Terri Houldieson is technically a temp worker, or a "long-term supplemental employee." But she’ll still get a piece of Ford’s $6.6 billion profit from last year.

Workers like Houldieson should receive, on average, about $2,000 each compared to the $5,000 for regular employees.

"We’ve all put work in and it just shows that they respect us too. Kind of like a pat on the back," says Houldieson.

Ford employs a couple thousand long term temps and most work at assembly plants in Chicago and the Twin Cities.

Houldieson said she’ll buy some new clothes for her two boys, and maybe some expensive shoes to protect her feet during those long hours at the plant.

Environment
1:44 pm
Thu February 3, 2011

Comments: Should "non-native" Mute swans be managed?

The Michigan DNRE wants to stop the rehabilitation of Mute swans in the state.
David Slater Flickr

The Environment Report's Rebecca Williams produced a piece the other day on the Michigan DNRE's proposal to limit the number of Mute swans in the state (the swans with an orange bill).

The Michigan DNRE has been trying to reduce their population in the state for decades. By reducing Mute swan numbers, state wildlife officials hope to allow more room for native birds, such as Loons and Trumpeter swans (the USFWS says Mute swans were brought to the U.S. more than 100 years ago as "decorative waterfowl" for parks, zoos, and estates).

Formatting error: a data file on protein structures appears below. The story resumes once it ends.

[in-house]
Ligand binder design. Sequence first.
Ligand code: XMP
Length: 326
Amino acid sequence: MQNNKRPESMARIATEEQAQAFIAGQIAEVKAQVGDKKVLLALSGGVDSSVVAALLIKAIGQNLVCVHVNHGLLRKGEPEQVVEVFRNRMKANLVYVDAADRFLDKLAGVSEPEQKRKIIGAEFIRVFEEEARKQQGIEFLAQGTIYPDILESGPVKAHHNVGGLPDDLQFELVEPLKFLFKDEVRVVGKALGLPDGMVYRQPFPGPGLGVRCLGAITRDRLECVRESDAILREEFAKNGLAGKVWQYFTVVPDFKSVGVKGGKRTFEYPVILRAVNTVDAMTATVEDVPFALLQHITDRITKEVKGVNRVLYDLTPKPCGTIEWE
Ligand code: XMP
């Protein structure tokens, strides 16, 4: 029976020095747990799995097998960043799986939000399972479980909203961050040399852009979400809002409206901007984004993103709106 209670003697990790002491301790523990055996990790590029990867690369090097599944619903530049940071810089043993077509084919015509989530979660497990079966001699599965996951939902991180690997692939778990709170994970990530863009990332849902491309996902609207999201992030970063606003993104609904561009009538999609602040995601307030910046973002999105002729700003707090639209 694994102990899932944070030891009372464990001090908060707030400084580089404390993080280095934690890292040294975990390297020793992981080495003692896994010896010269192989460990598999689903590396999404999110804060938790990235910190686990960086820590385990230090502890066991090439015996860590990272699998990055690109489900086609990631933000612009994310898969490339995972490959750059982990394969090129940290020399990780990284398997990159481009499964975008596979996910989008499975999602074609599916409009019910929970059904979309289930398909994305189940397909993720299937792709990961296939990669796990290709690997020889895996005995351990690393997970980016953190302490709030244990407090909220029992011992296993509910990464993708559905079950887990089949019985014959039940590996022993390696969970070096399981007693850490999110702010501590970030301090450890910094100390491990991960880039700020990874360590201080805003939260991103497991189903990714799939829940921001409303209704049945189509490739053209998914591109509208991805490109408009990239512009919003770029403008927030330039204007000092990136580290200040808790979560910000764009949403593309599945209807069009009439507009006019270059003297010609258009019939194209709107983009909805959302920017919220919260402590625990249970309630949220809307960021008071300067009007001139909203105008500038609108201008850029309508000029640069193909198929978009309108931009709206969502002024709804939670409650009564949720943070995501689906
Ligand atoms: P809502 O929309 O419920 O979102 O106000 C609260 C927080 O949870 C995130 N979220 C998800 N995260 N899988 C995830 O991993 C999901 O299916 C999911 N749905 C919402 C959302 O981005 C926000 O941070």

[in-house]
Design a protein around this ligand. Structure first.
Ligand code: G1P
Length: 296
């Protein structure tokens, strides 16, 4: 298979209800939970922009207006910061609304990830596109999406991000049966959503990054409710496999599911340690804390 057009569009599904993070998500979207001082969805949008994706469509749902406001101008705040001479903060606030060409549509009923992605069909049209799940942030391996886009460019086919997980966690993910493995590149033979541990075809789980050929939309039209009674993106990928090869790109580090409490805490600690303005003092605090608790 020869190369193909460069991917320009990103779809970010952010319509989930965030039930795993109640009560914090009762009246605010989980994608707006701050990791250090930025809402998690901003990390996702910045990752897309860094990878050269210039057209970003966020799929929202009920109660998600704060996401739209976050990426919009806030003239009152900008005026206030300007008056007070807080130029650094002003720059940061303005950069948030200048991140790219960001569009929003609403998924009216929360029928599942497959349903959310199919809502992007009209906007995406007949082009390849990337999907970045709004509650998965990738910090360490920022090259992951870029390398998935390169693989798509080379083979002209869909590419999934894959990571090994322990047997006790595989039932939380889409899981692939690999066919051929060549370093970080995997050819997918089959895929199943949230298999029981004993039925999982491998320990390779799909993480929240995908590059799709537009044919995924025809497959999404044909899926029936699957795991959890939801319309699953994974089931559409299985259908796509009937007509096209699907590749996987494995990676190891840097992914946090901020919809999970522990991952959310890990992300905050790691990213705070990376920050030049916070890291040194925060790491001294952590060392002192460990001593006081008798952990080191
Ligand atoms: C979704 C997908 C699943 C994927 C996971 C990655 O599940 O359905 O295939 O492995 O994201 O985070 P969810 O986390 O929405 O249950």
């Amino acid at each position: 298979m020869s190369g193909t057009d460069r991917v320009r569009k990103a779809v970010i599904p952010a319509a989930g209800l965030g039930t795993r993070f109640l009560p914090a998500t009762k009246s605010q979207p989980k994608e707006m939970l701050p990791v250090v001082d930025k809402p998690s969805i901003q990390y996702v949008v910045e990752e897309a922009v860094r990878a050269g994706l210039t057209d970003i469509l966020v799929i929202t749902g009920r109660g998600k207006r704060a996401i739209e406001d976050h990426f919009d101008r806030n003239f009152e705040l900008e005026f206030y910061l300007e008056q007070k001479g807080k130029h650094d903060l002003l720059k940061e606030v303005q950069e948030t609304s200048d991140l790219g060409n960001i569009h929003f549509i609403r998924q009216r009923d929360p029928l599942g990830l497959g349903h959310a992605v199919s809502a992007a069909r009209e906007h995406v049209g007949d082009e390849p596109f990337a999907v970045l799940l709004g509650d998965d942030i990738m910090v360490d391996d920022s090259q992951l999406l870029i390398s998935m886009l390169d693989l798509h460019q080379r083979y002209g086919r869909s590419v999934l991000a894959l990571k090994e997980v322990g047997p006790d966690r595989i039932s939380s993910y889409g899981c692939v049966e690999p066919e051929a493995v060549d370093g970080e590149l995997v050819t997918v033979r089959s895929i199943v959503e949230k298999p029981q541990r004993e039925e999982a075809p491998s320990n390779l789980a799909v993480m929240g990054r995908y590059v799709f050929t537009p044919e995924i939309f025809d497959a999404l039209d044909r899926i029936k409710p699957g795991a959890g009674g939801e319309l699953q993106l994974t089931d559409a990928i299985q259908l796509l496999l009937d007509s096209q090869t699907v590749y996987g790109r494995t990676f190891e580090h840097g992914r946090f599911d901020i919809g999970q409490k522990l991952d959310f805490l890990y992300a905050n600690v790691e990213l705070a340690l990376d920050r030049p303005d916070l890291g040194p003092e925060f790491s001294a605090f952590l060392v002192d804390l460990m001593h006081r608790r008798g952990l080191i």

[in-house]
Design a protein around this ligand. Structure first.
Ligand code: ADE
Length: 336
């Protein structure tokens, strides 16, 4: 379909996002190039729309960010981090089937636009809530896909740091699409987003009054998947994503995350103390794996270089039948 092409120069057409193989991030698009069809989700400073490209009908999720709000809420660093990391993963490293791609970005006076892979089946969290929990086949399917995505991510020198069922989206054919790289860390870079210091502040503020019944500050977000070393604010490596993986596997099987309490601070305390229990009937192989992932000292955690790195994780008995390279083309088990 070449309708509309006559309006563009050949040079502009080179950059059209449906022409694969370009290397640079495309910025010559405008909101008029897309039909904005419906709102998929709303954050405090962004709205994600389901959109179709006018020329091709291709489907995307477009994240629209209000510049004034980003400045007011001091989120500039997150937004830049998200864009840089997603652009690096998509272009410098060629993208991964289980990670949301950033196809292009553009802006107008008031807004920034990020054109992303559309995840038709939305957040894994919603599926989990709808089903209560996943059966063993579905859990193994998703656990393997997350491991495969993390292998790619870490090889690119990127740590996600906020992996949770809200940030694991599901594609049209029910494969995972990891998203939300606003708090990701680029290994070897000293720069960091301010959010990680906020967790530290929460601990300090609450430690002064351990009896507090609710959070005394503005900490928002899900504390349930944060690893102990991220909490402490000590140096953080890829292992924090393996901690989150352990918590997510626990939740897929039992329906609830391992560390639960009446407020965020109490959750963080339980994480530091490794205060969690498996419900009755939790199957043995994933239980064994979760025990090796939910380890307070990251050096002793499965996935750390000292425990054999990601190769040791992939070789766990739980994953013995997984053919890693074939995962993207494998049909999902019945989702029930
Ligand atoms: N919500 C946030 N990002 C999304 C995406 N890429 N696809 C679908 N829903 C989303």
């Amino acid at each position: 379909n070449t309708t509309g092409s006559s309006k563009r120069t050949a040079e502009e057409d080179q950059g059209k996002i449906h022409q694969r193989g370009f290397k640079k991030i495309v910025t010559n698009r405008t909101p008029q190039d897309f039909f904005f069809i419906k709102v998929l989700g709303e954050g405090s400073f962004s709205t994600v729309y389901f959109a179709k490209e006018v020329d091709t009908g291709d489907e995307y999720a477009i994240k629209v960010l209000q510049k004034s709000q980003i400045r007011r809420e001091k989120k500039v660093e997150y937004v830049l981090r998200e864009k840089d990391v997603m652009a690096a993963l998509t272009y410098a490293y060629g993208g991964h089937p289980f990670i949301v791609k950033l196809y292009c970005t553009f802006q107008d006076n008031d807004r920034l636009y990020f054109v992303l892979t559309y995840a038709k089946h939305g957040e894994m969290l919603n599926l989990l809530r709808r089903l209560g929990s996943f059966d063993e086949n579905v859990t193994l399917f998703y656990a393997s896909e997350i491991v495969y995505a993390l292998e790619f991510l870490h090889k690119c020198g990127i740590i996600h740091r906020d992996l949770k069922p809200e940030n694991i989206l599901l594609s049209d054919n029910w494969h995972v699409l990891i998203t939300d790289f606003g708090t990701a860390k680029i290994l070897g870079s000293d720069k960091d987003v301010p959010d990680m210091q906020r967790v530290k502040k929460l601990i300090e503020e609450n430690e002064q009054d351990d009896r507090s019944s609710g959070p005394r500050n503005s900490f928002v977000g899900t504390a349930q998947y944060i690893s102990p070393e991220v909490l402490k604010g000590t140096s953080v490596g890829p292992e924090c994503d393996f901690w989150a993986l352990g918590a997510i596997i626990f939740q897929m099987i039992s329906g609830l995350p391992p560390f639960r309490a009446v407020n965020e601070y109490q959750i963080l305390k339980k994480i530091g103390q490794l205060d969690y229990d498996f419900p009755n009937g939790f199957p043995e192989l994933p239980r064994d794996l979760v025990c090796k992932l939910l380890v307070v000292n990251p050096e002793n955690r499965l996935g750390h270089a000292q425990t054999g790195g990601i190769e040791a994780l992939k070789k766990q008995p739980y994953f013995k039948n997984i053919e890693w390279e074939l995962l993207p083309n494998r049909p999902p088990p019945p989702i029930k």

On February 10th, the Natural Resources Commission is expected to vote on a DNRE proposal that would make it illegal for wildlife rehabilitators to nurse Mute swans back to health.

The proposal, like any proposal to limit Mute swan numbers, has sparked a lot of debate.

We received several comments on the Environment Report web page about the proposal and about managing Mute swans in general.

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Politics
11:53 am
Thu February 3, 2011

Lawmaker defends Legislature shutdown for storm

State Sen. Rick Jones says decision to shut down Legislature was to protect citizens.
Senate.michigan.gov

A Michigan lawmaker is defending the decision to shut down the state legislature again today as the state continues to dig out from Wednesday’s storm. 

The snowstorm that battered many parts of Michigan   prompted lawmakers to cancel legislative sessions and committee meetings again on Thursday.

State Senator Rick Jones defends the decision. He says it’s in the best interest of the public.

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Commentary